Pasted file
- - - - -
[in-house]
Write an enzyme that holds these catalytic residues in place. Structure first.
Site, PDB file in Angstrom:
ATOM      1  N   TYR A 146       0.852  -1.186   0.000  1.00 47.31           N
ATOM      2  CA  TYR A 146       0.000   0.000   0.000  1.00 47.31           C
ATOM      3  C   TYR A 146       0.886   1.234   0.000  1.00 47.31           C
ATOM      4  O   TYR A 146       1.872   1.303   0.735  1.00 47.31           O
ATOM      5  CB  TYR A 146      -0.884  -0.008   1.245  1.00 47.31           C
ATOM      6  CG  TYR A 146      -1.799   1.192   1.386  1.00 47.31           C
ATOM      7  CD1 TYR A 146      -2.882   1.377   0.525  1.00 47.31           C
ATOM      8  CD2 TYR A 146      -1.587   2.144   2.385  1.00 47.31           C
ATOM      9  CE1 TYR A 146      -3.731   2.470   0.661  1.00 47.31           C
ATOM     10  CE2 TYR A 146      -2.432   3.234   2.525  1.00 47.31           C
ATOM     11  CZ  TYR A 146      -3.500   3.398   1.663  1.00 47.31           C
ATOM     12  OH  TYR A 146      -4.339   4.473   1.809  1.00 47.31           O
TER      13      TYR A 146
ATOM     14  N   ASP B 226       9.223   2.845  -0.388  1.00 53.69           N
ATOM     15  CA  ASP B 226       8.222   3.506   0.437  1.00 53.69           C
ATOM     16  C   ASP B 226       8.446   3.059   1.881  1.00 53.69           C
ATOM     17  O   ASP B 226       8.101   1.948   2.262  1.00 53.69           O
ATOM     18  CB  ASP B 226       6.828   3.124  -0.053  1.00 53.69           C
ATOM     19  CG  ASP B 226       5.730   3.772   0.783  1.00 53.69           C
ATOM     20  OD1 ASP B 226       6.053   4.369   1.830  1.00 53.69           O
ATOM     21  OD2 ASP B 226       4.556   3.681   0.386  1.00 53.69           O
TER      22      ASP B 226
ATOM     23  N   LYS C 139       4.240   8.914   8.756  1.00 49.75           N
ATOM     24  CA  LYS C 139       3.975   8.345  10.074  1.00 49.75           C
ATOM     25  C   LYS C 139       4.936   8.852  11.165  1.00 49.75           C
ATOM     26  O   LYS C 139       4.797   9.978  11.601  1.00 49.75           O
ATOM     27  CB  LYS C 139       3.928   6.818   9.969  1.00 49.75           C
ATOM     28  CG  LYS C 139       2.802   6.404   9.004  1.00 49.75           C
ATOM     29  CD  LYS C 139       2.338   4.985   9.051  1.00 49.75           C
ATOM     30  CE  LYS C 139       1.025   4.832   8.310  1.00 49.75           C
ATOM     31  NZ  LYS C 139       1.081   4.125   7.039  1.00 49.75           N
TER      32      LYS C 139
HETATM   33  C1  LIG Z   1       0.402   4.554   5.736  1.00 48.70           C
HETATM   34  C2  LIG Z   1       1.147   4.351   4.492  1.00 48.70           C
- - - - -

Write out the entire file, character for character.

[in-house]
Write an enzyme that holds these catalytic residues in place. Structure first.
Site, PDB file in Angstrom:
ATOM      1  N   TYR A 146       0.852  -1.186   0.000  1.00 47.31           N
ATOM      2  CA  TYR A 146       0.000   0.000   0.000  1.00 47.31           C
ATOM      3  C   TYR A 146       0.886   1.234   0.000  1.00 47.31           C
ATOM      4  O   TYR A 146       1.872   1.303   0.735  1.00 47.31           O
ATOM      5  CB  TYR A 146      -0.884  -0.008   1.245  1.00 47.31           C
ATOM      6  CG  TYR A 146      -1.799   1.192   1.386  1.00 47.31           C
ATOM      7  CD1 TYR A 146      -2.882   1.377   0.525  1.00 47.31           C
ATOM      8  CD2 TYR A 146      -1.587   2.144   2.385  1.00 47.31           C
ATOM      9  CE1 TYR A 146      -3.731   2.470   0.661  1.00 47.31           C
ATOM     10  CE2 TYR A 146      -2.432   3.234   2.525  1.00 47.31           C
ATOM     11  CZ  TYR A 146      -3.500   3.398   1.663  1.00 47.31           C
ATOM     12  OH  TYR A 146      -4.339   4.473   1.809  1.00 47.31           O
TER      13      TYR A 146
ATOM     14  N   ASP B 226       9.223   2.845  -0.388  1.00 53.69           N
ATOM     15  CA  ASP B 226       8.222   3.506   0.437  1.00 53.69           C
ATOM     16  C   ASP B 226       8.446   3.059   1.881  1.00 53.69           C
ATOM     17  O   ASP B 226       8.101   1.948   2.262  1.00 53.69           O
ATOM     18  CB  ASP B 226       6.828   3.124  -0.053  1.00 53.69           C
ATOM     19  CG  ASP B 226       5.730   3.772   0.783  1.00 53.69           C
ATOM     20  OD1 ASP B 226       6.053   4.369   1.830  1.00 53.69           O
ATOM     21  OD2 ASP B 226       4.556   3.681   0.386  1.00 53.69           O
TER      22      ASP B 226
ATOM     23  N   LYS C 139       4.240   8.914   8.756  1.00 49.75           N
ATOM     24  CA  LYS C 139       3.975   8.345  10.074  1.00 49.75           C
ATOM     25  C   LYS C 139       4.936   8.852  11.165  1.00 49.75           C
ATOM     26  O   LYS C 139       4.797   9.978  11.601  1.00 49.75           O
ATOM     27  CB  LYS C 139       3.928   6.818   9.969  1.00 49.75           C
ATOM     28  CG  LYS C 139       2.802   6.404   9.004  1.00 49.75           C
ATOM     29  CD  LYS C 139       2.338   4.985   9.051  1.00 49.75           C
ATOM     30  CE  LYS C 139       1.025   4.832   8.310  1.00 49.75           C
ATOM     31  NZ  LYS C 139       1.081   4.125   7.039  1.00 49.75           N
TER      32      LYS C 139
HETATM   33  C1  LIG Z   1       0.402   4.554   5.736  1.00 48.70           C
HETATM   34  C2  LIG Z   1       1.147   4.351   4.492  1.00 48.70           C